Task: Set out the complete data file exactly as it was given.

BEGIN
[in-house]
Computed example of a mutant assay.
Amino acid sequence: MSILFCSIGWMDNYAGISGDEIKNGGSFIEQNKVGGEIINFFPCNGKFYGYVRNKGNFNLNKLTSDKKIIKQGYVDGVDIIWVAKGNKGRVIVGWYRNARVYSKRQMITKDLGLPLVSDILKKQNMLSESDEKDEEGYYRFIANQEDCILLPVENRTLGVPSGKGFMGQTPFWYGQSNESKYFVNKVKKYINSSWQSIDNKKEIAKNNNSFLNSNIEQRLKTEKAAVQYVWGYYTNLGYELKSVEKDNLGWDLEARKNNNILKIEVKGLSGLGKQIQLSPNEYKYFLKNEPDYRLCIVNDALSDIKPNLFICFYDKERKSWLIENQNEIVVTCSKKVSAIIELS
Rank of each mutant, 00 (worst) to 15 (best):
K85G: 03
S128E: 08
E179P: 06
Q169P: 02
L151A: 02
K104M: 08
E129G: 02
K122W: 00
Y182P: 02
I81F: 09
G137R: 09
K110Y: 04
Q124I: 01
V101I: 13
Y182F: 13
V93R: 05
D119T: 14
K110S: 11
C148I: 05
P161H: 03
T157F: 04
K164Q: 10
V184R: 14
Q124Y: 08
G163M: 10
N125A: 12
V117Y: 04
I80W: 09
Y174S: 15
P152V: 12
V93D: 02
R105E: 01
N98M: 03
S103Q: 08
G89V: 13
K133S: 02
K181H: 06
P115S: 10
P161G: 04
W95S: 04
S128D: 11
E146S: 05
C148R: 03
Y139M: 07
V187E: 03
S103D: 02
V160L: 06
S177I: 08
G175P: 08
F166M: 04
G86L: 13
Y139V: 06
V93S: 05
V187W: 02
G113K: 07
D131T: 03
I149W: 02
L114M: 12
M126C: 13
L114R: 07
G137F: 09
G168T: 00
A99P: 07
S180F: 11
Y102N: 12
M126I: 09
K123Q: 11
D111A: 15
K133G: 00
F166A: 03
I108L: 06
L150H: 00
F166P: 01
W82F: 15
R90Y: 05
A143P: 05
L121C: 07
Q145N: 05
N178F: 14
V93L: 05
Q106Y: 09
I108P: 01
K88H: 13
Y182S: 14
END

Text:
[in-house]
Computed example of a mutant assay.
Amino acid sequence: MSILFCSIGWMDNYAGISGDEIKNGGSFIEQNKVGGEIINFFPCNGKFYGYVRNKGNFNLNKLTSDKKIIKQGYVDGVDIIWVAKGNKGRVIVGWYRNARVYSKRQMITKDLGLPLVSDILKKQNMLSESDEKDEEGYYRFIANQEDCILLPVENRTLGVPSGKGFMGQTPFWYGQSNESKYFVNKVKKYINSSWQSIDNKKEIAKNNNSFLNSNIEQRLKTEKAAVQYVWGYYTNLGYELKSVEKDNLGWDLEARKNNNILKIEVKGLSGLGKQIQLSPNEYKYFLKNEPDYRLCIVNDALSDIKPNLFICFYDKERKSWLIENQNEIVVTCSKKVSAIIELS
Rank of each mutant, 00 (worst) to 15 (best):
K85G: 03
S128E: 08
E179P: 06
Q169P: 02
L151A: 02
K104M: 08
E129G: 02
K122W: 00
Y182P: 02
I81F: 09
G137R: 09
K110Y: 04
Q124I: 01
V101I: 13
Y182F: 13
V93R: 05
D119T: 14
K110S: 11
C148I: 05
P161H: 03
T157F: 04
K164Q: 10
V184R: 14
Q124Y: 08
G163M: 10
N125A: 12
V117Y: 04
I80W: 09
Y174S: 15
P152V: 12
V93D: 02
R105E: 01
N98M: 03
S103Q: 08
G89V: 13
K133S: 02
K181H: 06
P115S: 10
P161G: 04
W95S: 04
S128D: 11
E146S: 05
C148R: 03
Y139M: 07
V187E: 03
S103D: 02
V160L: 06
S177I: 08
G175P: 08
F166M: 04
G86L: 13
Y139V: 06
V93S: 05
V187W: 02
G113K: 07
D131T: 03
I149W: 02
L114M: 12
M126C: 13
L114R: 07
G137F: 09
G168T: 00
A99P: 07
S180F: 11
Y102N: 12
M126I: 09
K123Q: 11
D111A: 15
K133G: 00
F166A: 03
I108L: 06
L150H: 00
F166P: 01
W82F: 15
R90Y: 05
A143P: 05
L121C: 07
Q145N: 05
N178F: 14
V93L: 05
Q106Y: 09
I108P: 01
K88H: 13
Y182S: 14